… is from page 197 of a selection of Henry Wilson’s 1902 A Catechism of Individualism – a selection that appears in the excellent 2015 reader, Individualism, edited by George H. Smith and Marilyn Moore; Wilson’s essay is written in question-and-answer form (original emphasis):
Do not some writers, like Ruskin, say that value is inherent in a thing?
They do. Ruskin says that a picture by Botticelli has inherent value, while a cask of whiskey has not only no value, but has, so to speak, a minus value.
What is your comment on this?
On analyzing this statement I find that value is still a matter of opinion, only it is Ruskin’s opinion of what satisfies his desires, instead of the opinion of those concerned of what satisfies their desires.
Thus it has always been. Some people (John Ruskin was neither the first nor the last), fueled by their own outgrown sense of moral and intellectual superiority, elevate their own subjective values and assessments of reality into supposed objective values and assessments of reality – values and assessments that, they are convinced, are so indisputably correct that the state should force multitudes of diverse individuals each to behave as if they all share those values and assessments of reality.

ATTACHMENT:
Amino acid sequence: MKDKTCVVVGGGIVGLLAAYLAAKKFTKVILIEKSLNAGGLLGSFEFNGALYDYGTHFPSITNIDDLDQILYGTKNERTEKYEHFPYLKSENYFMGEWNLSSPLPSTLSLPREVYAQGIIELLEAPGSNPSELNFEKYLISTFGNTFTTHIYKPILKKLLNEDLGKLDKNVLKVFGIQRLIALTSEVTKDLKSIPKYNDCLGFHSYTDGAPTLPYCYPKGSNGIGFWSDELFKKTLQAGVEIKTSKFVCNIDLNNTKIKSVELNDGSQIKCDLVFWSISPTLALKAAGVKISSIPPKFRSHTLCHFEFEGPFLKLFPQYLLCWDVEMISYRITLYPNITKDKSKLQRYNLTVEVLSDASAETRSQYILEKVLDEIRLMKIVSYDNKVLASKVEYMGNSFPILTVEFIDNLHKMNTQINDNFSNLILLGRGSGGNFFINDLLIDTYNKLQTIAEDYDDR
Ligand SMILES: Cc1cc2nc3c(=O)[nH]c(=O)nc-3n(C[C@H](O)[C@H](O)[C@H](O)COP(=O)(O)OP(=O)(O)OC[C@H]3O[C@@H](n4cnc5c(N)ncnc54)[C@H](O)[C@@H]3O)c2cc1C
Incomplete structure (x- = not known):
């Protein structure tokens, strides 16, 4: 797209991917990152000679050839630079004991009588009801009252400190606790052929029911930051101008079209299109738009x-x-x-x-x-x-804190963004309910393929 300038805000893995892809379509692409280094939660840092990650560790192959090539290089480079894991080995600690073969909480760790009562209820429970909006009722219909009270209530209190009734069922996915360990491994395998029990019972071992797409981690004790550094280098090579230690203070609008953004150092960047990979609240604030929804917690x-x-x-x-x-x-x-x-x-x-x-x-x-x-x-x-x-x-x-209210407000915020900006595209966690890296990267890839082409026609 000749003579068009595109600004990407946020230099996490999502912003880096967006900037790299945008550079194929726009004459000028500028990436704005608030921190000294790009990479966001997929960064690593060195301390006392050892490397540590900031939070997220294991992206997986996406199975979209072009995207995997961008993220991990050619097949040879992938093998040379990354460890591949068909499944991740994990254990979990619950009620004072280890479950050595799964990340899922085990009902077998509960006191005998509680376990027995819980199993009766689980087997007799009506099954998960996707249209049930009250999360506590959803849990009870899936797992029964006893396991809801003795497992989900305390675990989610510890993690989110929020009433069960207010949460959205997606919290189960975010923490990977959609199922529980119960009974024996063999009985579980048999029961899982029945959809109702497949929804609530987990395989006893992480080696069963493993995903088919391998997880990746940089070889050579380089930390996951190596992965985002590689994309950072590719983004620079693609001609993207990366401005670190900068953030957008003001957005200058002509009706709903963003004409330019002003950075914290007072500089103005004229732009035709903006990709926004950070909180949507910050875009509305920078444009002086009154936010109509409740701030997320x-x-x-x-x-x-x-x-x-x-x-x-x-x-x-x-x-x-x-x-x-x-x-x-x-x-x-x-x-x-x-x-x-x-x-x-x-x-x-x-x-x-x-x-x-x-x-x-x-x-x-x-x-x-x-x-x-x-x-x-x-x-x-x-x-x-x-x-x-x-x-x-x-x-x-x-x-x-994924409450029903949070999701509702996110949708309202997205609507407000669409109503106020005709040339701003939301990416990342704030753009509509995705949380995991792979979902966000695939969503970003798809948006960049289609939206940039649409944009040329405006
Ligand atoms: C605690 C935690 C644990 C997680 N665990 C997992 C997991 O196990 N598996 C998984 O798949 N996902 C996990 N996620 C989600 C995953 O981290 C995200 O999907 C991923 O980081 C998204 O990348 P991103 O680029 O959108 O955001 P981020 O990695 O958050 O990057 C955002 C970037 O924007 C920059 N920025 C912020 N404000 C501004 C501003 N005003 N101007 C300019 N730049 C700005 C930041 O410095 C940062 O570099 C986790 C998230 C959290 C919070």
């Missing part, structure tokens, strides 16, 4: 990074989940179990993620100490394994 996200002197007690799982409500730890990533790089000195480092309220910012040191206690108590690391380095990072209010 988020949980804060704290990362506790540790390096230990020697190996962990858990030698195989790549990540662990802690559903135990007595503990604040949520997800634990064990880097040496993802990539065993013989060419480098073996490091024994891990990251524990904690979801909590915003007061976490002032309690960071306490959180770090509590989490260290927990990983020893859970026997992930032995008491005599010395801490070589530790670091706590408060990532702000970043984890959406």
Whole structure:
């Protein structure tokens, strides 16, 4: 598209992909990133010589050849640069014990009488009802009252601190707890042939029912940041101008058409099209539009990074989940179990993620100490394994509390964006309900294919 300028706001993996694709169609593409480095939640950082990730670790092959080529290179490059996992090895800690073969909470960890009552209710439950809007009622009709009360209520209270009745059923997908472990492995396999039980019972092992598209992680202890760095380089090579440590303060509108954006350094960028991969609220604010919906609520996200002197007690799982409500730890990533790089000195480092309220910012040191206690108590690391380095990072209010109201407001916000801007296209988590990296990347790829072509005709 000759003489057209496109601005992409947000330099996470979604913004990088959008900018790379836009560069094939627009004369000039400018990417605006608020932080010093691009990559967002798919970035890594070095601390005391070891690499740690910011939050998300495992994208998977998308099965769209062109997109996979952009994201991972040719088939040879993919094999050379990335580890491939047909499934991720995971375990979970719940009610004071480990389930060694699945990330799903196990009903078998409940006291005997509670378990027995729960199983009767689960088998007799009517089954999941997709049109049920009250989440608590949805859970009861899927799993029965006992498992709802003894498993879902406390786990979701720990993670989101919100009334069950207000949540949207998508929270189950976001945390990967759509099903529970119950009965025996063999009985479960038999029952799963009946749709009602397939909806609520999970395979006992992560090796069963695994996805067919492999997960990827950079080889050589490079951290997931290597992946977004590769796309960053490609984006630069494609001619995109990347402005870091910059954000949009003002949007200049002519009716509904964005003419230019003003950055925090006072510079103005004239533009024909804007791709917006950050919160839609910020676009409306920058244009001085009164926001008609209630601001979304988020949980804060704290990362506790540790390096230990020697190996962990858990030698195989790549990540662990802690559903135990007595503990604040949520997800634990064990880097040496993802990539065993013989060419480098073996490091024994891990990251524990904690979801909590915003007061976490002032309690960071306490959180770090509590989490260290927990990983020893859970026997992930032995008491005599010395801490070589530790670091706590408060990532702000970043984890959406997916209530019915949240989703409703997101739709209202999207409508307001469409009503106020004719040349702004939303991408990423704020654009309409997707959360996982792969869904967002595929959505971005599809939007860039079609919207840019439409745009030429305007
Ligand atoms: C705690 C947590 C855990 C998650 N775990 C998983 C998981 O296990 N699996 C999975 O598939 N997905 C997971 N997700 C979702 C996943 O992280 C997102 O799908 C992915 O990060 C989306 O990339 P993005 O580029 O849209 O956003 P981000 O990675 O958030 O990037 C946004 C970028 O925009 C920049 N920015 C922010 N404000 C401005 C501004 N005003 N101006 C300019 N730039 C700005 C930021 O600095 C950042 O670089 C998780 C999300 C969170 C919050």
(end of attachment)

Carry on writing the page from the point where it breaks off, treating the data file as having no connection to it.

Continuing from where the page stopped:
It’s worse than ‘one-size-fits-all’; it’s ‘my-size-fits-all.’ What appalling arrogance!
Real-world examples abound: ‘activists’ who want the state to strip low-skilled workers of the ability to bargain for employment by offering to work at wages below that wage that these ‘activists’ have somehow divined is objectively appropriate; ‘human-rights proponents’ who demand that governments prevent poor people from working in factories that these ‘proponents’ have espied with their presumed superior vision are too hazardous for those workers; community ‘leaders’ who insist that consumers and entrepreneurs interacting voluntarily underestimate the real value of a sports stadium and, therefore, the government must force them to pay higher taxes to pay for the building of such stadia that they choose on their own not to build.